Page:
The end of science fiction?

David Louis Edelman asks a big question over at the author group-blog Deep Genre – when will science fiction end? In his own words: “I’m not asking this from a commercial standpoint so much as from an epistemological standpoint. Will there always be new science fiction? Or will the genre just wither up at some point and go away?” What do you think? Are we so immunised to the exponential curve of technological change that fiction based in extrapolated futures will cease to have any effect on us other than, perhaps, nostalgia?

6 thoughts on “The end of science fiction?”

  1. Hm, tough one. It is a fact that I’m walking around with some sort of tricorder these days, called a smartphone. Perhaps the thrill, thinking of such weird technology, is gone a little because it’s all so normal now. Anything from this point on seems possible, technology is not just for geeks anymore but embedded in our lives. We’re pretty spoiled, and about every three years what we have is dated.

    Some science fiction, compared to the current day, is perhaps dated, because we’re further than that. Maybe science-fiction will die when space traveling becomes as normal as train travel. That will take a while, although commercial space faring has almost begun.

    Check out these first initiatives:

  2. We’ll no more have an end to science fiction than the patent office needed to close in the 1800’s. There turned out to be more to invent then, and I’m pretty sure there’s plenty still to imagine now and for the future.

  3. The thing about the future is that there are so many possibilities, yet we only actually get to see a few of them. There will never be a shortage of demand for stories about the possible futures that lie outside of our experience.

  4. Science Fiction will end when human imagination cannot keep up with technological change.

    It will be a *sad* thing when that happens while the technological change is driven by human creativity.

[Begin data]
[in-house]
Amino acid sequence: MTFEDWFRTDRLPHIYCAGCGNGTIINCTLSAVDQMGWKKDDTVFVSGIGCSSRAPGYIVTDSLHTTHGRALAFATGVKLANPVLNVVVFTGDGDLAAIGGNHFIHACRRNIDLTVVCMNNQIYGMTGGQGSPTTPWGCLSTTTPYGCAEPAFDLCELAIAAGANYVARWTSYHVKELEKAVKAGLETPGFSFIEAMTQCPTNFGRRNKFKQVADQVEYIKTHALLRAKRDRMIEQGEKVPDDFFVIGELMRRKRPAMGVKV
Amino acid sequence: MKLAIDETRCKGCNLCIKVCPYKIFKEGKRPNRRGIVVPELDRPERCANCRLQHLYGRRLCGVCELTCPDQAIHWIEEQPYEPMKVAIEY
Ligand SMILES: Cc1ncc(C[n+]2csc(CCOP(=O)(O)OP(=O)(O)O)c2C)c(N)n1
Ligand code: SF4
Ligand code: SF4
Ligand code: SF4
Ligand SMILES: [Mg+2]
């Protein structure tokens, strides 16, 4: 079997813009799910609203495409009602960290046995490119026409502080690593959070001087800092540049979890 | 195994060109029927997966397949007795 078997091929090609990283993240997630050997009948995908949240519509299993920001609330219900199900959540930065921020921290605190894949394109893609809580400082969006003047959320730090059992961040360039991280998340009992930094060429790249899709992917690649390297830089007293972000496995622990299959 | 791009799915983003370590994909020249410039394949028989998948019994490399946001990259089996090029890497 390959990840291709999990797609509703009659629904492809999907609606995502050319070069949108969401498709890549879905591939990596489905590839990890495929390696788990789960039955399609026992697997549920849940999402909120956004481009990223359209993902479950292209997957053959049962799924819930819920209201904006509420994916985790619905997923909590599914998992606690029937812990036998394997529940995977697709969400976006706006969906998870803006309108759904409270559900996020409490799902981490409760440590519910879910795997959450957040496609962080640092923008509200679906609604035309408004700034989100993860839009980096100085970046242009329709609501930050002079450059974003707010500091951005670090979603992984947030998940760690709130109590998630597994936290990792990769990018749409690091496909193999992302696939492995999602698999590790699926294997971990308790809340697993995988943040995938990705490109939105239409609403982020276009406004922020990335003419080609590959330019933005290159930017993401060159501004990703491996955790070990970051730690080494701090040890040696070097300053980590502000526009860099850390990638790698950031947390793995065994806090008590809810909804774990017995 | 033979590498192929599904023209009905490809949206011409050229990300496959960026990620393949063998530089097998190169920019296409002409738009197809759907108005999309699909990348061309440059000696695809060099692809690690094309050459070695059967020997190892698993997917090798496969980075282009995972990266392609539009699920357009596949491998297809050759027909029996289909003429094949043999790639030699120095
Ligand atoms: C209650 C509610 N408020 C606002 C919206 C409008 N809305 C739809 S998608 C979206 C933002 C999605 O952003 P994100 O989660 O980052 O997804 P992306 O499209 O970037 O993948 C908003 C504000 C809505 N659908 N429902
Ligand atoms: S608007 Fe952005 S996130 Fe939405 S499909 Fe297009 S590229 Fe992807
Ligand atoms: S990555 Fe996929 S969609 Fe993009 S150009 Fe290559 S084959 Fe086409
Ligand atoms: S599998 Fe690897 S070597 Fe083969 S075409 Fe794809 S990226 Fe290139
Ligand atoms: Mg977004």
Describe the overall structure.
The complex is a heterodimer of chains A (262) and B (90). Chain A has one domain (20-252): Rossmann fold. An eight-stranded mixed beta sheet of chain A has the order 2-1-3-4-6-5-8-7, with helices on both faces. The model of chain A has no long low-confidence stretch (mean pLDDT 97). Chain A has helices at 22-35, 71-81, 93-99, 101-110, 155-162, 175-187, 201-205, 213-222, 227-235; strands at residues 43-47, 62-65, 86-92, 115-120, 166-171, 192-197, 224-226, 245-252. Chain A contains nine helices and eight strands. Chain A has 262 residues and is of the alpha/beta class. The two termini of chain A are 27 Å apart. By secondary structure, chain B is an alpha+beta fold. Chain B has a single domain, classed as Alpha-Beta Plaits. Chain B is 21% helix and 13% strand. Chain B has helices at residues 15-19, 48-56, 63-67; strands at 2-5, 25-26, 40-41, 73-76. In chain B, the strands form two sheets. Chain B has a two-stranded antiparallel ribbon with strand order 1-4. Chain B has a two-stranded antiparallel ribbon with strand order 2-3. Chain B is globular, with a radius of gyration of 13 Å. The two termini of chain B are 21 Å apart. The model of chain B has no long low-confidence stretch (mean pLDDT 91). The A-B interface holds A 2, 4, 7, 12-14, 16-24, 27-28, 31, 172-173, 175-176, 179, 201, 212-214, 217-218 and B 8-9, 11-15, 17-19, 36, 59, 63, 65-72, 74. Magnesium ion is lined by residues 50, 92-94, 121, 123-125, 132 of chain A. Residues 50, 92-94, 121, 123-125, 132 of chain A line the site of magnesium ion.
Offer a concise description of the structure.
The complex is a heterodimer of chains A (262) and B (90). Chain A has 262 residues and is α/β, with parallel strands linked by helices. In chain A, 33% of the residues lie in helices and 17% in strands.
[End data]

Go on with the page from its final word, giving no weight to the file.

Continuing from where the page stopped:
It may be an *inevitable* thing if Artificial Intelligences drive the technological change (not discussing *if* that is possible, mind you: that’s a different discussion).

    In the latter case, there is the possibility that AIs may produce science fiction, but it will be sf that humans cannot — by definition — understand.

  5. Jetse, great points–but I’ll try to amplify one a bit for you:
    “Science fiction will end when human imagination cannot, refuses to, or is prevented from, keeping up with technological change.”

    The latter two are the most threatening. It seems that many science fiction readers, writers, and editors simply do not want to face a future where half a dozen cascading technological changes are presented in a believable and realistic manner–in fact, they reject it. Charles Stross riffs on this a bit in his blog, where he tries to imagine explaining inventive marketing by gold farmers in World of Warcraft to someone living just 30 years ago.

    Couple this with a seeming reluctance on the part of the SF community to actively participate in the technological changes going on around us (whether it is modern-day communication, social media, virtual worlds, or whatever), and you have a very scary scenario.

    AIs may end up imagining the future, but we may have our eyes closed to it.

  6. Well, Jason, I am assuming that *when* human imagination *can* stay ahead of the technological curve, that it *will* find a place to express that (*cough*Interzone*cough*).

    It may — and most probably will — not be the major SF magazines. I do agree that a great part of SF fandom is very conservative: the great imaginative leaps ahead in the Golden Age are OK, but similar creative jumps ahead nowadays are ‘implausible’, ‘unrealistic’, and what-have-you.

    (And I know that we’ve had this discussion in private several times, and that I’ve told you — in my editorial suit — that sometimes you go just a bit *too* far. But you know that in general I fully agree: (a large part of) SF has lost its balls, revels in misery.)

    I’ve made a call to arms in the BSFA’s Focus (some 6 months ago). I should probably put it up on my blog (next week, when finally my vacation begins, and I’ve finished the May slushpile).

    But it is indeed quite dispiriting to have people criticise optimistic scenarios as ‘unrealistic’, and hail all doomsday scenarios (that steadfastly refuse to come true) as ‘realistic’.

    Maybe we should hold a “PollyannaCom” with free beer and wine for eerybody who invests in forward-looking technologies and SF…;-)

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